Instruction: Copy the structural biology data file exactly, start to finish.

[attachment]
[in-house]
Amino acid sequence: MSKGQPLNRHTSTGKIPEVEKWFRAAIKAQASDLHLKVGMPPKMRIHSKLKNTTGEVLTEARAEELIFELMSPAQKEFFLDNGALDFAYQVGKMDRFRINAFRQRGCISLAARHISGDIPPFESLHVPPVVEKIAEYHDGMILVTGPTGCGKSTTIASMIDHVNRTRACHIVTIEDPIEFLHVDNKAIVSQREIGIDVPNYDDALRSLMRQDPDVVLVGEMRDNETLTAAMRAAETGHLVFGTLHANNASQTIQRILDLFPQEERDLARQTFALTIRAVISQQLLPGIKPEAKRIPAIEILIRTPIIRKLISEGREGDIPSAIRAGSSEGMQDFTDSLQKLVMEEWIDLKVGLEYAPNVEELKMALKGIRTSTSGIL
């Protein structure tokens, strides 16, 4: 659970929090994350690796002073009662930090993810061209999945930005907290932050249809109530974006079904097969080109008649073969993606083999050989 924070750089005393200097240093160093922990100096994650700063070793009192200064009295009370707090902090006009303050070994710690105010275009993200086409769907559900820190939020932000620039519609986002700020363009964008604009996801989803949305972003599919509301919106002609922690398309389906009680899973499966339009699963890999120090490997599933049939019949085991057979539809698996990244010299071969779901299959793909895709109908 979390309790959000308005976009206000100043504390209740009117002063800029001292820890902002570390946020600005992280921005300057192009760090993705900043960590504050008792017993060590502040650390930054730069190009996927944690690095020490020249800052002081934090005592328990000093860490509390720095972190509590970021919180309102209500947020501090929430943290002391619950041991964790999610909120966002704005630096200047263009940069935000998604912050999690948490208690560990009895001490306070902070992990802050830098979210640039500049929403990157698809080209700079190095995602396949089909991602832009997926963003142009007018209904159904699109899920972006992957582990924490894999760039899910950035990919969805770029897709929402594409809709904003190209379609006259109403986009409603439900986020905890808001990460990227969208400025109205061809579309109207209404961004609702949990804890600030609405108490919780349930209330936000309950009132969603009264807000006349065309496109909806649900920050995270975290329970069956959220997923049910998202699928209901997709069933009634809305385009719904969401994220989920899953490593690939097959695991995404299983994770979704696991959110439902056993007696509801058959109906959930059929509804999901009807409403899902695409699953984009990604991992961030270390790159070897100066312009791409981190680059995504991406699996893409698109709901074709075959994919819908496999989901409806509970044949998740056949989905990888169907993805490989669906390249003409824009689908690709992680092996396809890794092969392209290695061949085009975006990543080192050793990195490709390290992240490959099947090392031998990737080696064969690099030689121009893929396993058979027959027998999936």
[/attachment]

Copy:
[in-house]
Amino acid sequence: MSKGQPLNRHTSTGKIPEVEKWFRAAIKAQASDLHLKVGMPPKMRIHSKLKNTTGEVLTEARAEELIFELMSPAQKEFFLDNGALDFAYQVGKMDRFRINAFRQRGCISLAARHISGDIPPFESLHVPPVVEKIAEYHDGMILVTGPTGCGKSTTIASMIDHVNRTRACHIVTIEDPIEFLHVDNKAIVSQREIGIDVPNYDDALRSLMRQDPDVVLVGEMRDNETLTAAMRAAETGHLVFGTLHANNASQTIQRILDLFPQEERDLARQTFALTIRAVISQQLLPGIKPEAKRIPAIEILIRTPIIRKLISEGREGDIPSAIRAGSSEGMQDFTDSLQKLVMEEWIDLKVGLEYAPNVEELKMALKGIRTSTSGIL
């Protein structure tokens, strides 16, 4: 659970929090994350690796002073009662930090993810061209999945930005907290932050249809109530974006079904097969080109008649073969993606083999050989 924070750089005393200097240093160093922990100096994650700063070793009192200064009295009370707090902090006009303050070994710690105010275009993200086409769907559900820190939020932000620039519609986002700020363009964008604009996801989803949305972003599919509301919106002609922690398309389906009680899973499966339009699963890999120090490997599933049939019949085991057979539809698996990244010299071969779901299959793909895709109908 979390309790959000308005976009206000100043504390209740009117002063800029001292820890902002570390946020600005992280921005300057192009760090993705900043960590504050008792017993060590502040650390930054730069190009996927944690690095020490020249800052002081934090005592328990000093860490509390720095972190509590970021919180309102209500947020501090929430943290002391619950041991964790999610909120966002704005630096200047263009940069935000998604912050999690948490208690560990009895001490306070902070992990802050830098979210640039500049929403990157698809080209700079190095995602396949089909991602832009997926963003142009007018209904159904699109899920972006992957582990924490894999760039899910950035990919969805770029897709929402594409809709904003190209379609006259109403986009409603439900986020905890808001990460990227969208400025109205061809579309109207209404961004609702949990804890600030609405108490919780349930209330936000309950009132969603009264807000006349065309496109909806649900920050995270975290329970069956959220997923049910998202699928209901997709069933009634809305385009719904969401994220989920899953490593690939097959695991995404299983994770979704696991959110439902056993007696509801058959109906959930059929509804999901009807409403899902695409699953984009990604991992961030270390790159070897100066312009791409981190680059995504991406699996893409698109709901074709075959994919819908496999989901409806509970044949998740056949989905990888169907993805490989669906390249003409824009689908690709992680092996396809890794092969392209290695061949085009975006990543080192050793990195490709390290992240490959099947090392031998990737080696064969690099030689121009893929396993058979027959027998999936």